The school is very well placed to sustain its current good practices and continue to improve its performance.

Trustees bring useful experience to their governance role. They work well together to provide effective governance and strategic leadership. They are well informed about student achievement, curriculum development and school initiatives. There are good working relationships between the board and school leadership, leading to strong cohesive governance, management and school sustainability. The board has a clearly articulated vision that is well shared and evident across all areas of the school.

The principal promotes a model of leadership that intentionally promotes distributed leadership across the school, recognising people’s capabilities and building school capacity. The principal and senior leadership team have high expectations of themselves. Their trust in the teaching team as professionals is based on sound performance management systems and a collegial, open culture of ongoing inquiry and improvement.

Trustees and school leaders are responsive to external and internal review. School improvement is aligned to the school’s strategic direction. Self review is meaningful and well used to sustain and improve school performance. It is timely and seeks a variety of perspectives from across the community. The outcomes of review are well considered and provide good information and a sound rationale for school decisions. Good outcomes for students lie at the heart of all school decision making.

The board has identified strengthening community liaison as an area for development and is seeking ways to engage more fully with the community. This engagement is likely to benefit all stakeholders as the community becomes increasingly diverse.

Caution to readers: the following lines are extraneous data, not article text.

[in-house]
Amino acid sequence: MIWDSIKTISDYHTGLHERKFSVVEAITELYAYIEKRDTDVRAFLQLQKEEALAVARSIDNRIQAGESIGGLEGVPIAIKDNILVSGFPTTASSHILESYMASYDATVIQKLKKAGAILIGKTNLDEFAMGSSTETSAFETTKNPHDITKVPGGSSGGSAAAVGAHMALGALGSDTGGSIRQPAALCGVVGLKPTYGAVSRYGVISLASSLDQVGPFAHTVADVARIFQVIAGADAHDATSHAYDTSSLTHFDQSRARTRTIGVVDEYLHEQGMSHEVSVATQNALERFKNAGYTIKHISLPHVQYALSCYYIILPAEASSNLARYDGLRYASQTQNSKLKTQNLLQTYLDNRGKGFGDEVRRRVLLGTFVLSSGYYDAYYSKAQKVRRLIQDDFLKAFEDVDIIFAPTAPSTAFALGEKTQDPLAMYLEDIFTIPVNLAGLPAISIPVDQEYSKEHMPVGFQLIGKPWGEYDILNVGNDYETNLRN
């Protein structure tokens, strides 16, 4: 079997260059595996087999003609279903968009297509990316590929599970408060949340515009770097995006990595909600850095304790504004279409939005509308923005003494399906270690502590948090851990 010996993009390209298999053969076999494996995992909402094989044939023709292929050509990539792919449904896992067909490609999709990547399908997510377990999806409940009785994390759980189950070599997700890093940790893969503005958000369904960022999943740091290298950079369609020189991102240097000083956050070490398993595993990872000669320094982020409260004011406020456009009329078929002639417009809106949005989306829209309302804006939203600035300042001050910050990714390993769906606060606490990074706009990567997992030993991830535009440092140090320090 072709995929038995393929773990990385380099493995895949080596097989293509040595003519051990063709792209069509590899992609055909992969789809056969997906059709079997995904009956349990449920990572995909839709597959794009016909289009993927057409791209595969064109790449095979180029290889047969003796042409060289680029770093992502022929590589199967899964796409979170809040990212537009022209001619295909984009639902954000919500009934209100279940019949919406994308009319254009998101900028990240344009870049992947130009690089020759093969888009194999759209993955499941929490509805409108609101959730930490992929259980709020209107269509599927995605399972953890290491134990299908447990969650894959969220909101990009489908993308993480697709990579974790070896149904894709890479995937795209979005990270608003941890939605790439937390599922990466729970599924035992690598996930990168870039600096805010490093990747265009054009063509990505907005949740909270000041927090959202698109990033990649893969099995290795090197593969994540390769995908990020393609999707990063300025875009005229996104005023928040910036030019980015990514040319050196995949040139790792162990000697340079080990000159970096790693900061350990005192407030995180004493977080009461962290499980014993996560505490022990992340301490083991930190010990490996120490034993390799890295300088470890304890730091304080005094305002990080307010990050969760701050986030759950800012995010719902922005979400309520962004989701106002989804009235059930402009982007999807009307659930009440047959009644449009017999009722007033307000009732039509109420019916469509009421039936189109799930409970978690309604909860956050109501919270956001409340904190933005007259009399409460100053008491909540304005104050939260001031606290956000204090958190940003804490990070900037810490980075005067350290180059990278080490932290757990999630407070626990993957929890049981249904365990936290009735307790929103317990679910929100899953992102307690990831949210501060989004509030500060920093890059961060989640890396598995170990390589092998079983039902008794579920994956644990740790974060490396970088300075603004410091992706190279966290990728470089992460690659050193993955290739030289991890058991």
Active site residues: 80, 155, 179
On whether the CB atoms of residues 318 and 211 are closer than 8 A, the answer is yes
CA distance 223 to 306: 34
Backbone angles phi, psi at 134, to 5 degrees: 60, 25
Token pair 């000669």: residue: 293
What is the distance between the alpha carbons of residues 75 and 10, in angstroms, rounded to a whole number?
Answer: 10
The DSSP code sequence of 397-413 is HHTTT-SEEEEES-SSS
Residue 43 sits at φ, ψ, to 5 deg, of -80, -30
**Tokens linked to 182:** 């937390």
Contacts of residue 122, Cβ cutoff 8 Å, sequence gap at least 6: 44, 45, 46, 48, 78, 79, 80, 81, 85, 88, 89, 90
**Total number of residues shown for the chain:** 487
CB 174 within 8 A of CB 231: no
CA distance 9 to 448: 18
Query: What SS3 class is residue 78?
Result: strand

Board assurance on legal requirements

Before the review, the board of trustees and principal of the school completed the ERO Board Assurance Statement and Self-Audit Checklists. In these documents they attested that they had taken all reasonable steps to meet their legislative obligations related to:

  • board administration
  • curriculum
  • management of health, safety and welfare
  • personnel management
  • financial management
  • asset management.

During the review, ERO checked the following items because they have a potentially high impact on student achievement:

  • emotional safety of students (including prevention of bullying and sexual harassment)
  • physical safety of students
  • teacher registration
  • processes for appointing staff
  • stand-downs, suspensions, expulsions and exclusions
  • attendance.


Students at Edendale School experience high quality education within a diverse and inclusive environment. They engage purposefully in learning and enjoy the wide range of curriculum opportunities. Effective school governance and leadership result in the school being very well placed to further sustain high quality learning experiences for students.

ERO is likely to carry out the next review in four-to-five years.

Dale Bailey

National Manager Review Services

Northern Region

19 December 2014

About the School



Ministry of Education profile number


School type

Contributing (Years 1 to 6)

School roll


Gender composition

Girls 51%

Boys 49%

Ethnic composition

NZ European /Pākehā



other Asian




Cook Island Māori


other ethnicities











Review team on site

October 2014

Date of this report

19 December 2014

Most recent ERO report(s)

Education Review

Education Review

Education Review

July 2011

April 2008

March 2005